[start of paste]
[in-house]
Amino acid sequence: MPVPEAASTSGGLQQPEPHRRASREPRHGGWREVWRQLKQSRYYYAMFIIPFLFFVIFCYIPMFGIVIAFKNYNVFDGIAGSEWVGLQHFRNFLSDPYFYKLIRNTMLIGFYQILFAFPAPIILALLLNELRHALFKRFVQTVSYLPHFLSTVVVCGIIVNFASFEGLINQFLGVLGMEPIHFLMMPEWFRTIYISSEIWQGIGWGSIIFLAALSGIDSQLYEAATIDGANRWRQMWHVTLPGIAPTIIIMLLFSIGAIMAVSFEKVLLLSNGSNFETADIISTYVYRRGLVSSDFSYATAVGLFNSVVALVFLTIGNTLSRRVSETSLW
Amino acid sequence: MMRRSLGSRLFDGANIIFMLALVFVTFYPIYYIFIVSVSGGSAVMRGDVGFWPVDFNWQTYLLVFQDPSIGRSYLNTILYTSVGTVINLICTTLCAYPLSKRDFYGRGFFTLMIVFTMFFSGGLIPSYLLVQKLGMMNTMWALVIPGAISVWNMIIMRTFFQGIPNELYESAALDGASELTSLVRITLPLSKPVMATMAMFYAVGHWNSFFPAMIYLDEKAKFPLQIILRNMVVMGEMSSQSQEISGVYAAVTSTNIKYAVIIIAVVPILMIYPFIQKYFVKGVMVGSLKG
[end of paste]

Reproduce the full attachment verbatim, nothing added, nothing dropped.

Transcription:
[in-house]
Amino acid sequence: MPVPEAASTSGGLQQPEPHRRASREPRHGGWREVWRQLKQSRYYYAMFIIPFLFFVIFCYIPMFGIVIAFKNYNVFDGIAGSEWVGLQHFRNFLSDPYFYKLIRNTMLIGFYQILFAFPAPIILALLLNELRHALFKRFVQTVSYLPHFLSTVVVCGIIVNFASFEGLINQFLGVLGMEPIHFLMMPEWFRTIYISSEIWQGIGWGSIIFLAALSGIDSQLYEAATIDGANRWRQMWHVTLPGIAPTIIIMLLFSIGAIMAVSFEKVLLLSNGSNFETADIISTYVYRRGLVSSDFSYATAVGLFNSVVALVFLTIGNTLSRRVSETSLW
Amino acid sequence: MMRRSLGSRLFDGANIIFMLALVFVTFYPIYYIFIVSVSGGSAVMRGDVGFWPVDFNWQTYLLVFQDPSIGRSYLNTILYTSVGTVINLICTTLCAYPLSKRDFYGRGFFTLMIVFTMFFSGGLIPSYLLVQKLGMMNTMWALVIPGAISVWNMIIMRTFFQGIPNELYESAALDGASELTSLVRITLPLSKPVMATMAMFYAVGHWNSFFPAMIYLDEKAKFPLQIILRNMVVMGEMSSQSQEISGVYAAVTSTNIKYAVIIIAVVPILMIYPFIQKYFVKGVMVGSLKG